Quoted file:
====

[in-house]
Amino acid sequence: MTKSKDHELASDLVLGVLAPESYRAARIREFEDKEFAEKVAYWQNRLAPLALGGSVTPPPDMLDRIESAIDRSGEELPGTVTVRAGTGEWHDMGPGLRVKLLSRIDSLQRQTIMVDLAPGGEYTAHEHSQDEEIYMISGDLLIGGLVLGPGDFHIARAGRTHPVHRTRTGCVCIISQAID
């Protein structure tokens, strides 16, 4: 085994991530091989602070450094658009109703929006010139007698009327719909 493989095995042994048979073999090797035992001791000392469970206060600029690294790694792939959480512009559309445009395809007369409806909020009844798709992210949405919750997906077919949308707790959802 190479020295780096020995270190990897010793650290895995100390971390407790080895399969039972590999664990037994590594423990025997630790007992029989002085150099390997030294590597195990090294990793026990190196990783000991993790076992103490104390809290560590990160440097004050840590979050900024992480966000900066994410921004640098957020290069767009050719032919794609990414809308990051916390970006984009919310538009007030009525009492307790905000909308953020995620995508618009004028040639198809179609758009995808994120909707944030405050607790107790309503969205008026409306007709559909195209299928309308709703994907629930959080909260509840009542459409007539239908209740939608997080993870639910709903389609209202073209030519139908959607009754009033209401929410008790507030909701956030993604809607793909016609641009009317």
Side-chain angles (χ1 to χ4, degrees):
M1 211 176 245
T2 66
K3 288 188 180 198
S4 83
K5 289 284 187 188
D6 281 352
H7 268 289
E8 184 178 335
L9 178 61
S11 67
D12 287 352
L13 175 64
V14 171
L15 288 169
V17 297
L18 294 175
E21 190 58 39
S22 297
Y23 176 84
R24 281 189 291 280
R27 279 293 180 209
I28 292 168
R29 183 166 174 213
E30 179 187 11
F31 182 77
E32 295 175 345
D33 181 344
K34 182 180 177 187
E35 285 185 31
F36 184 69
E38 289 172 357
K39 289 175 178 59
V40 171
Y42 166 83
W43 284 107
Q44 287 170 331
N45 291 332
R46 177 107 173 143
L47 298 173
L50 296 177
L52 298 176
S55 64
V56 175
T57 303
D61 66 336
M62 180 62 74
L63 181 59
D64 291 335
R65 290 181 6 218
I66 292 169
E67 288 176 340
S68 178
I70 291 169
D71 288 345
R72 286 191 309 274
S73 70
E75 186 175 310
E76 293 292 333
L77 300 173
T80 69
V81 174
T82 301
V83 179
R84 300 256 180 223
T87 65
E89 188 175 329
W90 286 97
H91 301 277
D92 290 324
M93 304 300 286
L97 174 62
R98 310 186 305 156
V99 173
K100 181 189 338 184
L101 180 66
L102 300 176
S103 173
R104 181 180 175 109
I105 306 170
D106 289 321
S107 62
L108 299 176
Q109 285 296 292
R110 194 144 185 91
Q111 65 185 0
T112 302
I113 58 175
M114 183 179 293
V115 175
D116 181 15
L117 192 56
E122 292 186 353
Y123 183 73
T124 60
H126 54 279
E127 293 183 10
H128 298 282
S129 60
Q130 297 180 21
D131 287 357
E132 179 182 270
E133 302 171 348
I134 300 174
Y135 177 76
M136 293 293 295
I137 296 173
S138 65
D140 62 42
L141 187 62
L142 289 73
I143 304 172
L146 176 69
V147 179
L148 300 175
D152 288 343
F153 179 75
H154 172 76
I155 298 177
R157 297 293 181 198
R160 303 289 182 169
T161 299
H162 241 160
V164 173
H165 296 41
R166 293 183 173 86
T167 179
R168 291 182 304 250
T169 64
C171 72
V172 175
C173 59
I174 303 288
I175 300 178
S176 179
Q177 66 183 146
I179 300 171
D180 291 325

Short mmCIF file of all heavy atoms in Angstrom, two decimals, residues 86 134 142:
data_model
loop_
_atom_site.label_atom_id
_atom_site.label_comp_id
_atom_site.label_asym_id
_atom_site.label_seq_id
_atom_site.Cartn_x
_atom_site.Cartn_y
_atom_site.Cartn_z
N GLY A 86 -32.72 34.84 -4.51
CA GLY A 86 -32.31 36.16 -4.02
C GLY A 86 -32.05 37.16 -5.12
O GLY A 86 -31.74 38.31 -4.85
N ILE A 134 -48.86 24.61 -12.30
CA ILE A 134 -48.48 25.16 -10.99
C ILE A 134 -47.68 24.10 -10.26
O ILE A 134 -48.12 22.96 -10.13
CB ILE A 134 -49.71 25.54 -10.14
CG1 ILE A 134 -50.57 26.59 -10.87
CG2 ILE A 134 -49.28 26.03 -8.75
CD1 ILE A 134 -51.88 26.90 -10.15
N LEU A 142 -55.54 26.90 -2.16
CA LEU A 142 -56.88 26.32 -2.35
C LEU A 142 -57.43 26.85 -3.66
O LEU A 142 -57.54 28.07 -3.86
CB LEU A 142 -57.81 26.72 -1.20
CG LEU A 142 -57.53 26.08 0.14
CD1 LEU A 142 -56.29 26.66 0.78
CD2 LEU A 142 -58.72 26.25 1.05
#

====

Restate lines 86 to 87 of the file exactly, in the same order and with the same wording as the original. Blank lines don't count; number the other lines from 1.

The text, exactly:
L108 299 176
Q109 285 296 292